Last week we presented the magnificent 24 Beverly Road, designed by George W. Graves for Harriet N. Atterbury – it was completed in 1914.
This week we stay on Beverly Road, for part 1 of a three part series. Over the next couple of weeks we will be exploring the residences that are located on this special street – the only street in all of the Grosse Pointe communities that is listed on the National Register of Historic Places.
Beverly Road is located on the original Beverly Park sub-division that was platted by Henry B. Joy in 1910. The district was one of the earliest upper-class subdivisions in the Grosse Pointes, and played a major role in the area becoming an upscale community for wealthy Detroiters. All of the residences, aside from #35 (built in 1976), were constructed between 1911 and 1936. The architectural styles on display include: Georgian Revival, Mission Revival, Colonial Revival, English Cottage style, and Renaissance Revival. They were designed by some of Metro Detroit’s most distinguished architects of that era including: Robert O. Derrick, Marcus Burrowes, Richard E. Raseman, Alpheus W. Chittenden, and Raymond Carey. Some of the original residents of Beverly Road included prominent corporate executives and lawyers such as William P. Hamilton, William Cornelius Crowley, Edwin R. Stroh, Sidney T. Miller, William Van Dyke, and Edwin B. Henry.
Today, the private street consists of 15 houses. The homes line both sides of the road that runs from Grosse Pointe Boulevard to Jefferson Avenue. At the end of the street is a decorative iron fence and gates, flanked by two limestone piers that mark the entrance. Albert Kahn designed the Neo-Classical style gates. The date of completion is believed to be around 1907, however, some records indicate their construction is closer to 1912-1916. The gates were built specifically to protect the private thoroughfare, and were in themselves a work of art with detailed scrollwork, floral and leafy patterns, thereby making the gates more of a sculpture than a functional element. Sadly much of the ornamental details on top of the gates are now gone as are the large spheres seen in the image below, courtesy of: ‘Grosse Pointe” by Ann Marie Aliotta, Suzy Berschback. Modern images are courtesy of Grosse Pointe Patch, photographed by Elizabeth M. Vogel.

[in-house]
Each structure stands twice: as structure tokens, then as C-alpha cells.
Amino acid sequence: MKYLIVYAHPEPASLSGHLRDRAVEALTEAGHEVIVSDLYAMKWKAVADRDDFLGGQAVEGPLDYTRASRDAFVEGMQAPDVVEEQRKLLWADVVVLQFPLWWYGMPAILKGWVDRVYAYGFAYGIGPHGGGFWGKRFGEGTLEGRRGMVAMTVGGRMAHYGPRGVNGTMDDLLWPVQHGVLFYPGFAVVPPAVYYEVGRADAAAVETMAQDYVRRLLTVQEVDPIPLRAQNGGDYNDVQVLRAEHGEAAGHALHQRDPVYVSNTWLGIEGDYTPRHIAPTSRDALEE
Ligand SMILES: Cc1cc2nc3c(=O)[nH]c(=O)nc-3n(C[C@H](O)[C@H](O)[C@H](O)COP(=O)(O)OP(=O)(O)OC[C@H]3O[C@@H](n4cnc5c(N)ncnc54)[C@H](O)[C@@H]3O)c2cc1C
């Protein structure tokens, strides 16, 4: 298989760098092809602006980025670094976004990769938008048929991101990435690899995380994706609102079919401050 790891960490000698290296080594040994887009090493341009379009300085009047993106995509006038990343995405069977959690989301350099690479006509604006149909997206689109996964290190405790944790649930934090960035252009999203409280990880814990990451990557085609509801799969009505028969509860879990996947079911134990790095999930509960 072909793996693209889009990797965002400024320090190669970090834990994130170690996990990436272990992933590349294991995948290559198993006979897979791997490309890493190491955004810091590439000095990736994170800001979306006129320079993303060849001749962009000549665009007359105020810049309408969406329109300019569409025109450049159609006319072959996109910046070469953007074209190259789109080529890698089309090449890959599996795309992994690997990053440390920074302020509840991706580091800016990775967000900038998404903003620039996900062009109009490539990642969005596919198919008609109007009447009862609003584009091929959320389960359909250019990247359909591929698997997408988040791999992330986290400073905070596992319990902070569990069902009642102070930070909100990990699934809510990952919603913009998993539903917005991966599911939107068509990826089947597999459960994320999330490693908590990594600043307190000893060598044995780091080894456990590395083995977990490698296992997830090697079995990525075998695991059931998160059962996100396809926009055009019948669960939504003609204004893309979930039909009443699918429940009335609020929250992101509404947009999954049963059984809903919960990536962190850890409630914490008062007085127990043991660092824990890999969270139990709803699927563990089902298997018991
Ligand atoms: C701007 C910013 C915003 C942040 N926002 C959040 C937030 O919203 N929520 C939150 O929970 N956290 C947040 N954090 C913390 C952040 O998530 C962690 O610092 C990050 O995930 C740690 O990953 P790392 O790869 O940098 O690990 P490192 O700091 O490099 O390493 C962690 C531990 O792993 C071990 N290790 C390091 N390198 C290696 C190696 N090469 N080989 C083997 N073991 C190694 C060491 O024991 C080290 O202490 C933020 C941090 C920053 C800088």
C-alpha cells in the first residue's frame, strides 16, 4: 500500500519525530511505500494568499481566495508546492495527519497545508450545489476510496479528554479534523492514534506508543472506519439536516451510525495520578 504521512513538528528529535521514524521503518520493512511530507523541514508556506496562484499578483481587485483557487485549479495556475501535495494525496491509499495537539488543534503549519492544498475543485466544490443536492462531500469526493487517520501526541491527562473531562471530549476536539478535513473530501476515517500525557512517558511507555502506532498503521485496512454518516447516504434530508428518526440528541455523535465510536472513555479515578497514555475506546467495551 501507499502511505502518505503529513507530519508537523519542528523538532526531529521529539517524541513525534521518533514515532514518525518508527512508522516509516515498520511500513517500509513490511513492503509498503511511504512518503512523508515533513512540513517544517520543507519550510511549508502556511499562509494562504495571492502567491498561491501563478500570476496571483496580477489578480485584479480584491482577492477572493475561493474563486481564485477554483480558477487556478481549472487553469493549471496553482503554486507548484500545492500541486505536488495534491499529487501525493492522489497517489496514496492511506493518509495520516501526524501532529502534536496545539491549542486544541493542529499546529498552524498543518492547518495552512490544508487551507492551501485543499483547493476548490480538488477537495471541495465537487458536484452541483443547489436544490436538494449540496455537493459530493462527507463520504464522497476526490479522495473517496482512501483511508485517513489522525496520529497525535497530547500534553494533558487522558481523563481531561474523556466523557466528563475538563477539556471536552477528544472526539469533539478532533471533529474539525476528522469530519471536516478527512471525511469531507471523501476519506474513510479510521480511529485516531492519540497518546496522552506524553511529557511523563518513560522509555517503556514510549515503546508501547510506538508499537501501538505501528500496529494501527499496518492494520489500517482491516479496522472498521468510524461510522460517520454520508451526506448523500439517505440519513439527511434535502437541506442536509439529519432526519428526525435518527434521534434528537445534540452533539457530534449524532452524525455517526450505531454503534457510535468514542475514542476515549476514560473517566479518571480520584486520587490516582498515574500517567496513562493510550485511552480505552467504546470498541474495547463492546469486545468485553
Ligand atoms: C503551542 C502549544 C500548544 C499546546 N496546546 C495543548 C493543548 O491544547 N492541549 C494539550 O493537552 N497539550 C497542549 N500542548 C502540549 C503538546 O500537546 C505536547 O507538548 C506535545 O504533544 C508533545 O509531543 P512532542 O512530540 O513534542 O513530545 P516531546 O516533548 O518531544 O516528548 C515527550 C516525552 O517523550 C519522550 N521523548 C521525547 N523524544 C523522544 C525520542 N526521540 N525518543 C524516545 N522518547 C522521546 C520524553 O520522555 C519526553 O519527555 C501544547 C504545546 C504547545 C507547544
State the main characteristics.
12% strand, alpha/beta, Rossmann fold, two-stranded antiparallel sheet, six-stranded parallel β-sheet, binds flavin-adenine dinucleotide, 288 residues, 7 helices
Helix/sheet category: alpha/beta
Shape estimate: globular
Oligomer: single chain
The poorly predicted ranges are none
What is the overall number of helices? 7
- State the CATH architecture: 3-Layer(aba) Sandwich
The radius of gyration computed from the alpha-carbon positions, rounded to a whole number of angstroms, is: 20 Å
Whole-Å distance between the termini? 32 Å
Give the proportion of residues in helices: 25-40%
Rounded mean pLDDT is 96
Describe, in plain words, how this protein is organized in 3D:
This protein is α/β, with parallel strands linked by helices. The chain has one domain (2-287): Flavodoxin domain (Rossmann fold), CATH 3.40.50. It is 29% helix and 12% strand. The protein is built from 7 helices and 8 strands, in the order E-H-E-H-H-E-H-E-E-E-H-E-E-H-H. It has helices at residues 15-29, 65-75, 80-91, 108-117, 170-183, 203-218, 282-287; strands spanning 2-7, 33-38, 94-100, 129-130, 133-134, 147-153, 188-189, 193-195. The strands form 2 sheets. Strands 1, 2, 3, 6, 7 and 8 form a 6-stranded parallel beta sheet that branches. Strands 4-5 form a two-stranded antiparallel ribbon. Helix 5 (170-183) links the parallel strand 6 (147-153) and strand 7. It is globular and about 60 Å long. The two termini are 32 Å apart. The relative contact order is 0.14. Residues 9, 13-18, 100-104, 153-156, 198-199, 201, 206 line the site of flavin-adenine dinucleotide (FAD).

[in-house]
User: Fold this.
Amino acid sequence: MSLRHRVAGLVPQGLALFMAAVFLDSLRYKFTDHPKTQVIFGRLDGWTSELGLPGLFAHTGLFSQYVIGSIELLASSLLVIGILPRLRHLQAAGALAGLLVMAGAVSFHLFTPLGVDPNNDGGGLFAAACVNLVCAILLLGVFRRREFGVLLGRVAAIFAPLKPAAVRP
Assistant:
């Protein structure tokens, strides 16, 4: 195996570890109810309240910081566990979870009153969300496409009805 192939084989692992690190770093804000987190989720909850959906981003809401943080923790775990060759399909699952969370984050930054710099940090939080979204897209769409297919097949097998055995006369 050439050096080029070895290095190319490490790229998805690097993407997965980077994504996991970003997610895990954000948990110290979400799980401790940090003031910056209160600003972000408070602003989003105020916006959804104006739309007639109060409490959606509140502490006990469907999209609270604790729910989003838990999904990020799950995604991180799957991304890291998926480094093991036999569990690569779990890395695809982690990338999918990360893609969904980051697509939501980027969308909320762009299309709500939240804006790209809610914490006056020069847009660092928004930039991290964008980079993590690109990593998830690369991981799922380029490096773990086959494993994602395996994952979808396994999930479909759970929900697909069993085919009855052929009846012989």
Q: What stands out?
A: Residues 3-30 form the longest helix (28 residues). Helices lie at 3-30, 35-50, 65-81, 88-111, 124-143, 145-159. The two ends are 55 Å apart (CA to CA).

Based on an article in the Grosse Pointe News, 2001, it appears Beverly Road was finally closed to traffic, entering from Jefferson, in spring, 2001, and the gates were closed. It was a request made by the residents, who in turn paid for the sidewalk to be put in along Jefferson where the entrance was. Because it is a private road, Beverly Road has never been maintained by Grosse Pointe Farms. There is no municipal snow removal or garbage collection. Instead, a property owners’ association manage the roads needs.